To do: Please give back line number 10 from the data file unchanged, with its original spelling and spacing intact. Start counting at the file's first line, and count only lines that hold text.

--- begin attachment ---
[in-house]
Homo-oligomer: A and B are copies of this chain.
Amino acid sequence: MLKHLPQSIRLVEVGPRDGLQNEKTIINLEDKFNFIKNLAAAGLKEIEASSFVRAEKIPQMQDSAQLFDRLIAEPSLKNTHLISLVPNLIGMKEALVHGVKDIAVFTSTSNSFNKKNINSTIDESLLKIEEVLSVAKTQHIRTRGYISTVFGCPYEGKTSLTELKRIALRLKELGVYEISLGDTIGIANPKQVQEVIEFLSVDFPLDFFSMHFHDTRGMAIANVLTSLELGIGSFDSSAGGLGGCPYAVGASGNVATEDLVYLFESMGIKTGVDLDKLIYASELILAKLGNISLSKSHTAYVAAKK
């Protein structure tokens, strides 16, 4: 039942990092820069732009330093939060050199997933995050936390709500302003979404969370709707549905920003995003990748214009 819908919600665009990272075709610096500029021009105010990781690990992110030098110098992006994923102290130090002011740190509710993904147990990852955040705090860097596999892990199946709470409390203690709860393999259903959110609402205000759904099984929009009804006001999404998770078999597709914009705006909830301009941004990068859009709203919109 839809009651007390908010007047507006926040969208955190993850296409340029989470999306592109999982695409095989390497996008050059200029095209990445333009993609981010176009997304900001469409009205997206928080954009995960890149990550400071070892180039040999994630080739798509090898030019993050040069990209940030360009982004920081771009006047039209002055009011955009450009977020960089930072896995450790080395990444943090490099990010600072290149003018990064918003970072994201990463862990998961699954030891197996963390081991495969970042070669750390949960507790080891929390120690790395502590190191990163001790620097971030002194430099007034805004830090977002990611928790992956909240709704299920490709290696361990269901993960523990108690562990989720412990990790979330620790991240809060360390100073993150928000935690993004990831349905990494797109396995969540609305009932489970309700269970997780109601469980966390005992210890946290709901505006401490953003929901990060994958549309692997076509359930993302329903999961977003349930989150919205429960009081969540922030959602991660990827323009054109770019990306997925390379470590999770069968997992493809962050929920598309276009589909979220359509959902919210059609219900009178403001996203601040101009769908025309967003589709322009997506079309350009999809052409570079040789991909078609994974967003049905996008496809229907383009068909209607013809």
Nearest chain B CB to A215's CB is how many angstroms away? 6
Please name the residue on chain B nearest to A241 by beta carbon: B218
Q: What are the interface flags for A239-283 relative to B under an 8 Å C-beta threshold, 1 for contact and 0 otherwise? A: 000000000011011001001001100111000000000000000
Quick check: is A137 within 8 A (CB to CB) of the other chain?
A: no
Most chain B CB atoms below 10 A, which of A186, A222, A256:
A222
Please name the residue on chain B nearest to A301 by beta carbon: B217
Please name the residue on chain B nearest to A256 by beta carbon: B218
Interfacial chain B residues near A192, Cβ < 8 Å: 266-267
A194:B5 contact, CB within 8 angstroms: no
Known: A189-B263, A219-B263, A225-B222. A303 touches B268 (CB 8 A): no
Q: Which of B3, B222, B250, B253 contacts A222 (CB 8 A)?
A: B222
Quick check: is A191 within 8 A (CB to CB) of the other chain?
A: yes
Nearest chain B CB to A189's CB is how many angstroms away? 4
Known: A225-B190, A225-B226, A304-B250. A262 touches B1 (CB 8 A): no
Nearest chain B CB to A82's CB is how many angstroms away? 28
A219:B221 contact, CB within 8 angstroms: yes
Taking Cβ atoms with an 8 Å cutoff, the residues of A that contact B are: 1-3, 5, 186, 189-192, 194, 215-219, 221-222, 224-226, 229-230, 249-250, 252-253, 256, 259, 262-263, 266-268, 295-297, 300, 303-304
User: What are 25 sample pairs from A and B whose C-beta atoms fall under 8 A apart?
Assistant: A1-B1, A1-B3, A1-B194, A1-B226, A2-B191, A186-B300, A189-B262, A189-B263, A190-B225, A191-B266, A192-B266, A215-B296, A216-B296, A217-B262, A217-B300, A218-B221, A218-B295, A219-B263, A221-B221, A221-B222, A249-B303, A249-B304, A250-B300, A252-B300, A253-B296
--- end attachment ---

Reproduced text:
Most chain B CB atoms below 10 A, which of A186, A222, A256: